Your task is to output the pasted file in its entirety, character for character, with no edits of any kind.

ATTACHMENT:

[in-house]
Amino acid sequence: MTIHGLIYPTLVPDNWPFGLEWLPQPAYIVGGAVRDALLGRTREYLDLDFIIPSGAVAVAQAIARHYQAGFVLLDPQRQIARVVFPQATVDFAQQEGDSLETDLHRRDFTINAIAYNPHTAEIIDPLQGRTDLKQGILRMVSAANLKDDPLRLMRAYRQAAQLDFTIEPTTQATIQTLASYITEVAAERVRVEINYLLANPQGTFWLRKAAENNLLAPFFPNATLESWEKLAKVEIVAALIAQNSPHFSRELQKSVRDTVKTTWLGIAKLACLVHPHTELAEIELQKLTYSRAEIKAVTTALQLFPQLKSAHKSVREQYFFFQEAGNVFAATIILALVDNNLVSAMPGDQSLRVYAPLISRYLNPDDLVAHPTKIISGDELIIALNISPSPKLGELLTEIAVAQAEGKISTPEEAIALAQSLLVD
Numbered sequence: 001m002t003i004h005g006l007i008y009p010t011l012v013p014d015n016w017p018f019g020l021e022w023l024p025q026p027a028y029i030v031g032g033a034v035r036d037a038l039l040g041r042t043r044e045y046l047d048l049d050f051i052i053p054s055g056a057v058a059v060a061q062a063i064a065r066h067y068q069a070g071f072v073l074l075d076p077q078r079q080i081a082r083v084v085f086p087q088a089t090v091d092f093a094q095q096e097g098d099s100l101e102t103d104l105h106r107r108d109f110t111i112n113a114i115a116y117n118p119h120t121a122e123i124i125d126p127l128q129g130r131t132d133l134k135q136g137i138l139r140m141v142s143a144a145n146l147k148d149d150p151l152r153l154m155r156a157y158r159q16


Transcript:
[in-house]
Amino acid sequence: MTIHGLIYPTLVPDNWPFGLEWLPQPAYIVGGAVRDALLGRTREYLDLDFIIPSGAVAVAQAIARHYQAGFVLLDPQRQIARVVFPQATVDFAQQEGDSLETDLHRRDFTINAIAYNPHTAEIIDPLQGRTDLKQGILRMVSAANLKDDPLRLMRAYRQAAQLDFTIEPTTQATIQTLASYITEVAAERVRVEINYLLANPQGTFWLRKAAENNLLAPFFPNATLESWEKLAKVEIVAALIAQNSPHFSRELQKSVRDTVKTTWLGIAKLACLVHPHTELAEIELQKLTYSRAEIKAVTTALQLFPQLKSAHKSVREQYFFFQEAGNVFAATIILALVDNNLVSAMPGDQSLRVYAPLISRYLNPDDLVAHPTKIISGDELIIALNISPSPKLGELLTEIAVAQAEGKISTPEEAIALAQSLLVD
Numbered sequence: 001m002t003i004h005g006l007i008y009p010t011l012v013p014d015n016w017p018f019g020l021e022w023l024p025q026p027a028y029i030v031g032g033a034v035r036d037a038l039l040g041r042t043r044e045y046l047d048l049d050f051i052i053p054s055g056a057v058a059v060a061q062a063i064a065r066h067y068q069a070g071f072v073l074l075d076p077q078r079q080i081a082r083v084v085f086p087q088a089t090v091d092f093a094q095q096e097g098d099s100l101e102t103d104l105h106r107r108d109f110t111i112n113a114i115a116y117n118p119h120t121a122e123i124i125d126p127l128q129g130r131t132d133l134k135q136g137i138l139r140m141v142s143a144a145n146l147k148d149d150p151l152r153l154m155r156a157y158r159q16